The main purpose your business plan serves is providing you with a clear outline of your business goals as well as the specific steps you’ll need to take to achieve them. You’ll be surprised by how often you turn to your business plan. It helps you determine your target market, access your business’ forward progress, and increases the odds of loan approval.
Issues your business plan should address include:
- The type of photographs and services you’ll provide
- Where you’re based and whether you’re willing to travel
- Operational procedures
- How your nature photos differ from the competition
- What physical assets you currently have and how you’ll handle problems such as equipment breaking
- Current financial assets and how you want the financial situation to change during a twelve-month period
- Your target market
- Online assets and how you plan on utilizing for marketing your nature photography business
A good business plan is often the difference between owning and operating a successful and profitable nature photography business and being unable to generate a solid ROI with the business.
Get Serious About Marketing
Setting up a nature photography business and taking great photos is important. But you won’t make any money if you don’t become adept at marketing. Rather than approaching marketing as a chore, treat it as an art form. It’s a chance to connect with and share your photos with thousands of people.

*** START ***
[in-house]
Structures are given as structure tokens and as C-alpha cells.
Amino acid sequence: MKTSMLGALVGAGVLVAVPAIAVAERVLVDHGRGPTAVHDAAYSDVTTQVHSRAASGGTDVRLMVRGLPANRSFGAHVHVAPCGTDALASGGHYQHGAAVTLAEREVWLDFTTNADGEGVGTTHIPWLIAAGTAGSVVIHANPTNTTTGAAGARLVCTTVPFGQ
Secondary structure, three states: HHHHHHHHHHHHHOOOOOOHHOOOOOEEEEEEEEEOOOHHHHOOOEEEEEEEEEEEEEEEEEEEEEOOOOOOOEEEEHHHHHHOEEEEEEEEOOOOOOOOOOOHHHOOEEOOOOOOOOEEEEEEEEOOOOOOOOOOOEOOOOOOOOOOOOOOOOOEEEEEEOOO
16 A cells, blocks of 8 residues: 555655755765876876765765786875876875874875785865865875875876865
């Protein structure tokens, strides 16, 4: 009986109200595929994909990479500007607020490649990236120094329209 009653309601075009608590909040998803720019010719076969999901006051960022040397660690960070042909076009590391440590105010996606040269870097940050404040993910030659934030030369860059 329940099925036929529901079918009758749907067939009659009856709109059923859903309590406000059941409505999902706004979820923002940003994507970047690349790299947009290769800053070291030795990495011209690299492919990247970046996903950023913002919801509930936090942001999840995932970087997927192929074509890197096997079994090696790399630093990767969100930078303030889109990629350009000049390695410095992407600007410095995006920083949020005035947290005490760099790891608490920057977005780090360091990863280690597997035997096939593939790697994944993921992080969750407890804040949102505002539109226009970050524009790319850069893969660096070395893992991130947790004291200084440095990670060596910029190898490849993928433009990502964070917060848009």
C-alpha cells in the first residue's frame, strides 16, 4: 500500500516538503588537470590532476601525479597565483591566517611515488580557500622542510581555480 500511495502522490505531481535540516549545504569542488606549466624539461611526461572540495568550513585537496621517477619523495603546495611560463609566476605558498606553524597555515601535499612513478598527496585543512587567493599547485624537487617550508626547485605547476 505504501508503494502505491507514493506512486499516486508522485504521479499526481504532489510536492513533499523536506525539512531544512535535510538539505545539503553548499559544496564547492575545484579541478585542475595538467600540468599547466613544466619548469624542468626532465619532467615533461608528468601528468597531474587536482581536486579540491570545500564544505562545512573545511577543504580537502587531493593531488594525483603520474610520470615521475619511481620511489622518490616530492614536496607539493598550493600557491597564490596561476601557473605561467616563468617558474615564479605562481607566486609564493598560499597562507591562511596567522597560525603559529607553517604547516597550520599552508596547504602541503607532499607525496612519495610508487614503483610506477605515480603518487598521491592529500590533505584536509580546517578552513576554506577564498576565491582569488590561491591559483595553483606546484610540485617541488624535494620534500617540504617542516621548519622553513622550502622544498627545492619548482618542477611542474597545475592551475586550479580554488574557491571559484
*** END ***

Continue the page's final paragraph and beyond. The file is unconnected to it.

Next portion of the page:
Successful photographers know the key to successfully marketing their work and building their business is getting creative and having fun with their marketing efforts. They implement best practices like:
- Showing off their favorite shots
- Sharing fun stories about the adventures they had while they took the pictures
- Attaching fun hashtags (as well as high-value hashtags) to their social media posts
- Encouraging amateur photographers
Social Media Marketing
One fun and surprisingly effective way to use social media marketing to build your business is sharing when things don’t go exactly as planned. Some photographers excel at posting a bad photo on their timelines, sharing why the photo doesn’t work and how they could have made it better. This is a simple teaching tool that appeals to amateur photographers who will flock to your social media accounts with the hope that you’ll share more useful photography tips. Best of all, they’ll tell their friends about you and you’ll see a lovely increase in traffic.
Without a doubt, social media sites like Instagram and Facebook are vital for growing your nature photography business but you’ll also need a website. The website provides you with the means to showcase your portfolio, to talk about your business, and it serves as a virtual storefront. Your website must be highly ranked or prospective customers won’t find it.
The key to a golden search engine ranking is mixing your photos with high-quality content that both the search engines and your customers love. Don’t assume that because you’ve created a few pages of content you’re good to go. Google is constantly reevaluating webpages and giving nature photographers who routinely update with fresh content a higher search engine ranking. Blogging is a great way to improve the value of your website.